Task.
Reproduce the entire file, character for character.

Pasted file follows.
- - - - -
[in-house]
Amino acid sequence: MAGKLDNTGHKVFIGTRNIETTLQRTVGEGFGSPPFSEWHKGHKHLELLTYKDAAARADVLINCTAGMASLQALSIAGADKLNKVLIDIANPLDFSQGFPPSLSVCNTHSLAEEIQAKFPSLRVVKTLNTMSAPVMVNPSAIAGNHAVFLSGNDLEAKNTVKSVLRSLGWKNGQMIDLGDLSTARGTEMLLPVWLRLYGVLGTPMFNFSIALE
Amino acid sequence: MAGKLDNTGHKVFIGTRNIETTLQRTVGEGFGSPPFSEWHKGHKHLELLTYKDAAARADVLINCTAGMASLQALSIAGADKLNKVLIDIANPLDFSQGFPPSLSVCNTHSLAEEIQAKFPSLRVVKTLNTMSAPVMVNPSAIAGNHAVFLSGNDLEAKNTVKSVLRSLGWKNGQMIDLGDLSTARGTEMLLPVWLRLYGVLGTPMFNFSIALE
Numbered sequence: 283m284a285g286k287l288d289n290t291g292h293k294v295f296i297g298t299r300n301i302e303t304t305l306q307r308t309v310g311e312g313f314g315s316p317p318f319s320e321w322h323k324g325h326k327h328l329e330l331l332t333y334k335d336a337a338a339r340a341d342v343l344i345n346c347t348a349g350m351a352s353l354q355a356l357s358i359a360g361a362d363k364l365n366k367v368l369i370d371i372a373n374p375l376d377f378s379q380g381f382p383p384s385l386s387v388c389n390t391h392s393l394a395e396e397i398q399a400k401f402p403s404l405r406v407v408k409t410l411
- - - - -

[in-house]
Amino acid sequence: MAGKLDNTGHKVFIGTRNIETTLQRTVGEGFGSPPFSEWHKGHKHLELLTYKDAAARADVLINCTAGMASLQALSIAGADKLNKVLIDIANPLDFSQGFPPSLSVCNTHSLAEEIQAKFPSLRVVKTLNTMSAPVMVNPSAIAGNHAVFLSGNDLEAKNTVKSVLRSLGWKNGQMIDLGDLSTARGTEMLLPVWLRLYGVLGTPMFNFSIALE
Amino acid sequence: MAGKLDNTGHKVFIGTRNIETTLQRTVGEGFGSPPFSEWHKGHKHLELLTYKDAAARADVLINCTAGMASLQALSIAGADKLNKVLIDIANPLDFSQGFPPSLSVCNTHSLAEEIQAKFPSLRVVKTLNTMSAPVMVNPSAIAGNHAVFLSGNDLEAKNTVKSVLRSLGWKNGQMIDLGDLSTARGTEMLLPVWLRLYGVLGTPMFNFSIALE
Numbered sequence: 283m284a285g286k287l288d289n290t291g292h293k294v295f296i297g298t299r300n301i302e303t304t305l306q307r308t309v310g311e312g313f314g315s316p317p318f319s320e321w322h323k324g325h326k327h328l329e330l331l332t333y334k335d336a337a338a339r340a341d342v343l344i345n346c347t348a349g350m351a352s353l354q355a356l357s358i359a360g361a362d363k364l365n366k367v368l369i370d371i372a373n374p375l376d377f378s379q380g381f382p383p384s385l386s387v388c389n390t391h392s393l394a395e396e397i398q399a400k401f402p403s404l405r406v407v408k409t410l411